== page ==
Rotten Ralph’s stuffs a grouper
SUN PHOTO/LIZA MORROW
Kitchen Manager Lynn Lamar presents a plate of stuffed grouper.
On this Saturday night, most of the Island restaurants we love, including the Beach Bistro, Sign of the Mermaid, Giorgio’s and Ocean Star, are crammed with patrons with the prudence to get reservations or get in line early. We’re much too hungry to wait, so we settle for a non-fussy meal at Rotten Ralph’s, a local hangout with minimal, but cheerful, furnishings and heaps of clams, shrimp, crab and oysters, as well as memorable key lime pie.
A teal-green-painted 1920s crooked shack, rumored to have been the original Galati home, I would have cruised past had I not heard of its reputation for good home-style cooking. This is the original, perched at the end of South Bay Boulevard, tucked just behind Galati’s Marina. Outside waterfront seating and the dining room are already packed, but we notice a couple stools at the bar. We hastily take the seats, plop down in front of a friendly bartender who immediately pours us a cold one.
As with any fish restaurant claiming a seaside heritage, chowder is the place to start, and Rotten Ralph’s rich, creamy version is as good as any I can imagine, briny right down to its soul, and thick with bits of clam and chunks of potato. With little bags of oyster crackers, a bowl makes a perfect light lunch. Or choose the chili – a thick tomato-based soup, peppery and full of spice.
A platter of steamed shrimp is just the right supplement. Rotten Ralph’s offers a half dozen or a dozen, and they are full of sweet meat. An order of steamers is big enough to share as an appetizer. They are a tender treat – a little gritty, yes, but a quick bath in broth, before dipping in drawn butter does the trick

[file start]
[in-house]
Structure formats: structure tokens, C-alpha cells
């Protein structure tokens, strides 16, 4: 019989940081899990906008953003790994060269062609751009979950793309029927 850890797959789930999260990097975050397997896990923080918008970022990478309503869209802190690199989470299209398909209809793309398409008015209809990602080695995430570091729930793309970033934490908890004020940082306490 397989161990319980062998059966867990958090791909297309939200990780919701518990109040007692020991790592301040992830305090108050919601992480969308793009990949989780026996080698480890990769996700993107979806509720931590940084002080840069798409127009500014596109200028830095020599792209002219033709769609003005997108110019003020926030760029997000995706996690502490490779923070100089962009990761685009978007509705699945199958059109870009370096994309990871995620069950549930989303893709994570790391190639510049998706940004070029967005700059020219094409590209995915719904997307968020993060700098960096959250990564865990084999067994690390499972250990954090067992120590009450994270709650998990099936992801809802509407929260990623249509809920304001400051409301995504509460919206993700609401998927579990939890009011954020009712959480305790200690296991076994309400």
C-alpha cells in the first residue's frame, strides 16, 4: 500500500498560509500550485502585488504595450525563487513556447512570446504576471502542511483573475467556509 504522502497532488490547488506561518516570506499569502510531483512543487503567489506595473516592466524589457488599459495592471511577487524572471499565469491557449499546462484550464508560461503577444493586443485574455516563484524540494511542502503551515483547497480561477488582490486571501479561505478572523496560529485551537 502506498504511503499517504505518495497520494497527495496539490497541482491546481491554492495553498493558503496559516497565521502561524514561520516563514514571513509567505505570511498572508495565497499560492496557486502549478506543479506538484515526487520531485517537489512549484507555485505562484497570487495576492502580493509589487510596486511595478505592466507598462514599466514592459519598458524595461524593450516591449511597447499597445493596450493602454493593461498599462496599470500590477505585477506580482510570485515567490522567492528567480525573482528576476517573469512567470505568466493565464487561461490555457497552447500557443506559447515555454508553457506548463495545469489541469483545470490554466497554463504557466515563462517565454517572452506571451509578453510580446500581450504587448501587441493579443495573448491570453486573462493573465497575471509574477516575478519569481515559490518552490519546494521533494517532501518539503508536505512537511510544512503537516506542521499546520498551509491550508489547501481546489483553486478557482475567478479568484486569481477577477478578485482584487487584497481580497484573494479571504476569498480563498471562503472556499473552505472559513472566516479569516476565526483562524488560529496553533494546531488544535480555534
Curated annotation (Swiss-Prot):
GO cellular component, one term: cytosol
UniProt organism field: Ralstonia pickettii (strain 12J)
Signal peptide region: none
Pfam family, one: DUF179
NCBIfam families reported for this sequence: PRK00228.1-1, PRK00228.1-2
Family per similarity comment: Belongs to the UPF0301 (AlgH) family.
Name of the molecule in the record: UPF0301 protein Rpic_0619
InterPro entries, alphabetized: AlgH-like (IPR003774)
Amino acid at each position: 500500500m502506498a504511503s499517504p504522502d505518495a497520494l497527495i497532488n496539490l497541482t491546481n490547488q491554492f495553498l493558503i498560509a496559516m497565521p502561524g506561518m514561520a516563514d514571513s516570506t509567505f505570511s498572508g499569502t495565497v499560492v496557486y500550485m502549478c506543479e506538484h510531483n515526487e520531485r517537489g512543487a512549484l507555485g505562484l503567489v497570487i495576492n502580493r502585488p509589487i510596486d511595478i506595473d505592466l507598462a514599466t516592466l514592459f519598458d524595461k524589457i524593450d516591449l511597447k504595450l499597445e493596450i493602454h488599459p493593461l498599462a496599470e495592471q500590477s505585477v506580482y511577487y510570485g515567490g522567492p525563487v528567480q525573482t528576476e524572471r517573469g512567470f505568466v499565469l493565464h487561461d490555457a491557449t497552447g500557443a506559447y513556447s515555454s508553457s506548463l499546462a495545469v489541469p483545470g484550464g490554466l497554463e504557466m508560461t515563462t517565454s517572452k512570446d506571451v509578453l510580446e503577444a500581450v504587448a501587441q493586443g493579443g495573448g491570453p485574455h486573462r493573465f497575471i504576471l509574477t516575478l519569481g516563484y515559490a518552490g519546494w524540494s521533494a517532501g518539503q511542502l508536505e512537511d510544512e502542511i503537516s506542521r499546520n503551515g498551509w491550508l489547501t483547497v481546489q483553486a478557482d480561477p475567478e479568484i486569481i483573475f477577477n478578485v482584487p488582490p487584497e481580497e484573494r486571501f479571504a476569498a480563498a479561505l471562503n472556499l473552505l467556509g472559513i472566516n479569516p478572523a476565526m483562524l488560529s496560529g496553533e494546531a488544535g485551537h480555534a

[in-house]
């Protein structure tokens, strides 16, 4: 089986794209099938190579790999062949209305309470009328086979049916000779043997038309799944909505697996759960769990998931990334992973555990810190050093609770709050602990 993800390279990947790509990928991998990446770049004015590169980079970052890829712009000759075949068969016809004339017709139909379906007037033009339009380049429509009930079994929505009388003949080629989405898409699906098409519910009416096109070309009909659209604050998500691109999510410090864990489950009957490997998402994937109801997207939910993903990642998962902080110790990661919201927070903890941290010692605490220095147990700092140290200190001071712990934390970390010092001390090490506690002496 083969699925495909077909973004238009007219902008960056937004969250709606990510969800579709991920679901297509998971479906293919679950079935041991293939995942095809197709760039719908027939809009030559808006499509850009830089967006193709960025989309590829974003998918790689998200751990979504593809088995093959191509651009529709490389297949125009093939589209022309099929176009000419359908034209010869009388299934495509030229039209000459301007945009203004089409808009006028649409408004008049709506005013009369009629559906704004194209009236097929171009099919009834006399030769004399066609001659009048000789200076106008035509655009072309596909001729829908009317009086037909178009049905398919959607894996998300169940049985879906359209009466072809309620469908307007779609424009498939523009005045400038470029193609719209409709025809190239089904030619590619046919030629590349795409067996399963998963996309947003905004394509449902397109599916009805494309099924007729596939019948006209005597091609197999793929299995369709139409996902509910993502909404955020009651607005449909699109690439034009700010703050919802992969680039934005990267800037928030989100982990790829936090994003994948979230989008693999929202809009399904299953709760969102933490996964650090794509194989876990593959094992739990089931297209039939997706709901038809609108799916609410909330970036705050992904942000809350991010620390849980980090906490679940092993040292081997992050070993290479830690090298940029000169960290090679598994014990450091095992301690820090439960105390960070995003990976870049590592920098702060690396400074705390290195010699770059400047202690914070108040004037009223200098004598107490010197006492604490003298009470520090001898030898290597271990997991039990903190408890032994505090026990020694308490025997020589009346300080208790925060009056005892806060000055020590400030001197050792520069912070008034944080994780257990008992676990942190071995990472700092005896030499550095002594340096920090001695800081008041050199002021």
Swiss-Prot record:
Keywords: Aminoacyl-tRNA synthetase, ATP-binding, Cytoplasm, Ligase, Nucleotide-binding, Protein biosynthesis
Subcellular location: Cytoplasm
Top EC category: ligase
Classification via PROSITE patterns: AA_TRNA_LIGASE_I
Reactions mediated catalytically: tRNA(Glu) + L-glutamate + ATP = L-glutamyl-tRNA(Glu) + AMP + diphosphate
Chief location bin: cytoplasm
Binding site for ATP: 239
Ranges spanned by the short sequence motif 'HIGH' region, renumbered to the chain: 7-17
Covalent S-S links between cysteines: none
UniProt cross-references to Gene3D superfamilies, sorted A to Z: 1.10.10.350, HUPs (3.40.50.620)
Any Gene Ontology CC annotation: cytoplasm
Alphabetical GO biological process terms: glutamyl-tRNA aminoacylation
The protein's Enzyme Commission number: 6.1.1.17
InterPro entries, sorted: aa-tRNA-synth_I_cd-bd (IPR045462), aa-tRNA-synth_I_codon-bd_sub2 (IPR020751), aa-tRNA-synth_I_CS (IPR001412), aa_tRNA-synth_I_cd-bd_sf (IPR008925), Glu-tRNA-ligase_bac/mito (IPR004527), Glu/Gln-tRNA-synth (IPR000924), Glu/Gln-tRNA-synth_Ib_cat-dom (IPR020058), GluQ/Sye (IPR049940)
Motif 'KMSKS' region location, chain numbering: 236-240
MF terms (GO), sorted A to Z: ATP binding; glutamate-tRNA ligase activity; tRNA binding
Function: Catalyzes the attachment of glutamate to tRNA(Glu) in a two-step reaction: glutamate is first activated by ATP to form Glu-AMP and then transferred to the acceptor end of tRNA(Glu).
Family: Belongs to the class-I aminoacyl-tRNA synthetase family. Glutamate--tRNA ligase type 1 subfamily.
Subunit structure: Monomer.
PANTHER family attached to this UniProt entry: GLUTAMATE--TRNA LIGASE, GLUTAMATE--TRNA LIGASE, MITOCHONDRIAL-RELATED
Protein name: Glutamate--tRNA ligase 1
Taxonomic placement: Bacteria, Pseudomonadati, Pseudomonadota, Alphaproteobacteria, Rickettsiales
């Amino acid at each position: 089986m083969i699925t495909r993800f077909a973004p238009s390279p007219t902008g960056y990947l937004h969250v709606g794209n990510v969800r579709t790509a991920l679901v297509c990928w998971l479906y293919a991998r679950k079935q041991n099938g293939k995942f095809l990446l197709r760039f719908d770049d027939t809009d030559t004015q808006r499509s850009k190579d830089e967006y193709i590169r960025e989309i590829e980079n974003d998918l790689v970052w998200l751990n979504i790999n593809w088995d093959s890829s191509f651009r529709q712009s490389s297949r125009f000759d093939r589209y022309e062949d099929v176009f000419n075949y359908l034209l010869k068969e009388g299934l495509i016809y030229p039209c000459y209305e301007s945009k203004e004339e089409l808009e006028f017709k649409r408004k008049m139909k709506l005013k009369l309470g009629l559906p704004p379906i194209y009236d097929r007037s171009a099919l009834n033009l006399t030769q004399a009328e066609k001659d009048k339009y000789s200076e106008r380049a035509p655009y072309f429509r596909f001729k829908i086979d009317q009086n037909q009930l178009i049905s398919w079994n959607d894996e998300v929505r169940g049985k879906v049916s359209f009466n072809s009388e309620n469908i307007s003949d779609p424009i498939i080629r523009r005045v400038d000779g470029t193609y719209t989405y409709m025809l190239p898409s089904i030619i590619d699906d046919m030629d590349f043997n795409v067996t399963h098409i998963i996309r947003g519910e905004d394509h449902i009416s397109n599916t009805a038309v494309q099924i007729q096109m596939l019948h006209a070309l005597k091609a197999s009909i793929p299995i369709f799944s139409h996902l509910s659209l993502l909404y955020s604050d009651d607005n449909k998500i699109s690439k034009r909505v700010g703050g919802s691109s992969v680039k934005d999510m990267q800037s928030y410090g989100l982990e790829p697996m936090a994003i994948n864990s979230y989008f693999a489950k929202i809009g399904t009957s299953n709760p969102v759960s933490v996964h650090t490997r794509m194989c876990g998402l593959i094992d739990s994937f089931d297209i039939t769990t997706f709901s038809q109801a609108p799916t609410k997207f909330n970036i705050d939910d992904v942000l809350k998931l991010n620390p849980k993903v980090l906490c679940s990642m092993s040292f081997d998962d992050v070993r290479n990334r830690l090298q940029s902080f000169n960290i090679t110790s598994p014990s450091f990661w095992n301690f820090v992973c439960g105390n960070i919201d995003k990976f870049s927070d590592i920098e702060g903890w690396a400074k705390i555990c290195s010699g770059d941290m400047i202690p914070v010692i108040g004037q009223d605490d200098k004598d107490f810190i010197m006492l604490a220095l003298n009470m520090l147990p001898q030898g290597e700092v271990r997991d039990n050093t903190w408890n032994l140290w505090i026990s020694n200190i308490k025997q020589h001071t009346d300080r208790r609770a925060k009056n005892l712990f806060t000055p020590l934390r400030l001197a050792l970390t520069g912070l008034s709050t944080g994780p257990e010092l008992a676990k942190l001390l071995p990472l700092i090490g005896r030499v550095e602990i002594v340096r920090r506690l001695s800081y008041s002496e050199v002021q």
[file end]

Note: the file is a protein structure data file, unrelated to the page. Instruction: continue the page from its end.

What to have as our entrée? Fish and chips? Baby back ribs? Crab cakes? We ask to talk with whoever runs the kitchen. Lynn Lamar, a tall, friendly, no-nonsense woman with long curly hair and a devil-may-care-grin introduces herself, exchanges a few pleasantries and recommends the stuffed grouper. Then off to the sparkling kitchen to whip up a dish that made us very happy.
If you live near the Gulf coast, you know our seafood tastes better than any seafood in the world. No doubt about it. It won’t matter how they are prepared nothing can beat our grouper, fried, grilled, baked or crusted. That is unless you take your shrimp, lobster and grouper filets and well, stuff them.
We already love the sweet and delicate grouper fried, broiled, blackened or grilled, so it’s not much of a jump to experiment with stuffing, especially with chunks of crab and savory vegetables. This recipe will benefit from one vital piece of equipment that you’ll find in most Gulf coast kitchens, sometimes passed down through generations – a well-seasoned iron skillet.
Rotten Ralph’s Stuffed Grouper
• 3 pounds fresh grouper cut into 8 6-ounce pieces
• 1 box Stove Top-style stuffing
• 16 ounces canned or fresh crab meat
• 2 stalks celery, finely chopped
• 1 small onion, finely chopped
Sauté onions and celery in olive oil until soft and fragrant. Prepare stuffing according to package directions and add sautéed onion and celery.
When mixture is cooled, add crab meat and lightly mix well until crab meat is well incorporated into stuffing. Form mixture into four generous patties.
Stuffing mixture can be prepared well ahead of time and refrigerated until needed for up to two days. Making ahead of time also allows the mixture to season nicely.
Season fillets to your taste, then grill or sauté fillets until done, basting lightly with olive oil or butter while cooking. In separate pan, sauté stuffing patties until golden brown and well set.
Place one fillet on each plate, top with stuffing patty and cover patty with second fillet. Drizzle garlic butter sparingly over top, garnish with fresh dill and serve with a green salad.
Even on the laziest afternoon a minimal effort will produce a chunky salad – fresh lettuce, yellow and red tomatoes, red onions, cucumbers and perhaps a stash of Greek feta cheese. Dress simply with fresh lemon juice, the best olive oil you can find, fresh oregano and lots of salt.